Washington Courts: Press Release Detail
State Supreme Court Adopts Revised Code of Judicial ConductSeptember 10, 2010
The Washington Supreme Court has adopted new and revised rules governing the conduct of state judges in the first major revision of the Washington State Code of Judicial Conduct since 1995.
The revised Code of Conduct and the Supreme Court Order can be found online at: http://www.courts.wa.gov/newsinfo/content/pdf/cjcOrder.pdf. Seven of the state’s nine justices signed the Supreme Court Order adopting the revisions. Justices Richard Sanders and Jim Johnson did not sign the order.
The Code of Judicial Conduct (CJC) addresses the conduct of judges on and off the bench, regulating judicial campaigns, competence and ethical responsibilities. The revised CJC is reorganized into four canons (overarching principles) which each contain expanded rules of conduct and commentary.
“The new revisions to the Code will serve as an important guide for judges to assure their conduct promotes public confidence in the judiciary,” said Washington Supreme Court Chief Justice Barbara Madsen of the changes. “I would like to thank the 17-member Task Force that was convened to work on this issue, along with co-chairs Judges Alan Hancock and Joel Penoyar. They struggled with many difficult issues, including the rule on recusal.”
The process for revision began in 2008 when the Court created the Supreme Court Task Force on Code of Judicial Conduct to review a new model code drafted by the American Bar Association. The Task Force included justices, judges, attorneys and citizen who met numerous times over a one-year period to formulate recommendations regarding revisions to the CJC.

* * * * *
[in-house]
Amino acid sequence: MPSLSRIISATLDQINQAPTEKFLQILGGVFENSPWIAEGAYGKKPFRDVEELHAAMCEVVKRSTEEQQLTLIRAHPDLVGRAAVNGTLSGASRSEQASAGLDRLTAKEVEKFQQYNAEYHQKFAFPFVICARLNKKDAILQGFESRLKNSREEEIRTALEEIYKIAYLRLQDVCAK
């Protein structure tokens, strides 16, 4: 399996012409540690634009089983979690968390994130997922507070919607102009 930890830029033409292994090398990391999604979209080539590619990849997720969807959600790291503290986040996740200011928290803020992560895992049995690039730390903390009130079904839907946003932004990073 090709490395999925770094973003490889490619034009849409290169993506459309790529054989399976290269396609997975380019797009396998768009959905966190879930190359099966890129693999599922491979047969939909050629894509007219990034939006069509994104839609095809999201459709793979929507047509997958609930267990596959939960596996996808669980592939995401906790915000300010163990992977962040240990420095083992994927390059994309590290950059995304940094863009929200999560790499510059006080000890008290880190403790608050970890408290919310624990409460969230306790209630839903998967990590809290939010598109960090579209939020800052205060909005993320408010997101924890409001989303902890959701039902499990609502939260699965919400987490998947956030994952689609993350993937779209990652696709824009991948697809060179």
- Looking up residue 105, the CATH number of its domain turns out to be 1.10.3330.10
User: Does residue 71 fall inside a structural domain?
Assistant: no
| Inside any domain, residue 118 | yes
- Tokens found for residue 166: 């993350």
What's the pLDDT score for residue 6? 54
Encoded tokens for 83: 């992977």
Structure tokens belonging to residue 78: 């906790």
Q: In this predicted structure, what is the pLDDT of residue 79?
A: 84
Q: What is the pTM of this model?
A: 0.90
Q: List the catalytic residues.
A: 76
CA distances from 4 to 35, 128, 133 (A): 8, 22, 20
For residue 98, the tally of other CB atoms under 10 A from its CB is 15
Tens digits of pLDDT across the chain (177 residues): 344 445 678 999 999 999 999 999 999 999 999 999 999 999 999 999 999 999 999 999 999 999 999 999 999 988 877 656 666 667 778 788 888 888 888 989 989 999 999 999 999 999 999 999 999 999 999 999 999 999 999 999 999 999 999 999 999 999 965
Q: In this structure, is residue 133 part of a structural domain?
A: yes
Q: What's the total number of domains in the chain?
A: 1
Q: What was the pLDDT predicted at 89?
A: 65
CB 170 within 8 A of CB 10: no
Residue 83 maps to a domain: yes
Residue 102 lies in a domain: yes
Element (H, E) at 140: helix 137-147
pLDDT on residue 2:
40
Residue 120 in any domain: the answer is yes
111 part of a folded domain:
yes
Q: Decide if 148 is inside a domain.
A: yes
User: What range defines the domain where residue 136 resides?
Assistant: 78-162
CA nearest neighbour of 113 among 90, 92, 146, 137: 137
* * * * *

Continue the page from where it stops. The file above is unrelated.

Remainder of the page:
The Task Force made its proposal for changes in September of 2009, after which the Supreme Court opened the recommendations for comment from judges, attorneys and the public. The comment period closed in April 2010.
This is the first time that Washington’s Code of Judicial Conduct will address the recusal of judges based on monetary contributions to campaigns. The Court declined to adopt a specific formula tied to the monetary amount of contributions for the disqualification rule, as recommended by the Task Force (Rule 2.11).
Another change the Court made from the Task Force recommendations was to reinstate in Rule 1.2 that all judges should refrain from the “appearance of impropriety” standard to promote public confidence. Originally recommended for elimination from the rule, the Court voted to retain the standard because of its importance to the integrity of the judiciary.
The CJC is the prevailing set of principles and rules guiding the conduct of state judges. It is adopted and overseen by the state Supreme Court, which is the governing body of the state judicial branch.
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CONTACT: Nan Sullins, Legal Services Manager, Administrative Office of the Courts, (360) 357-2124.
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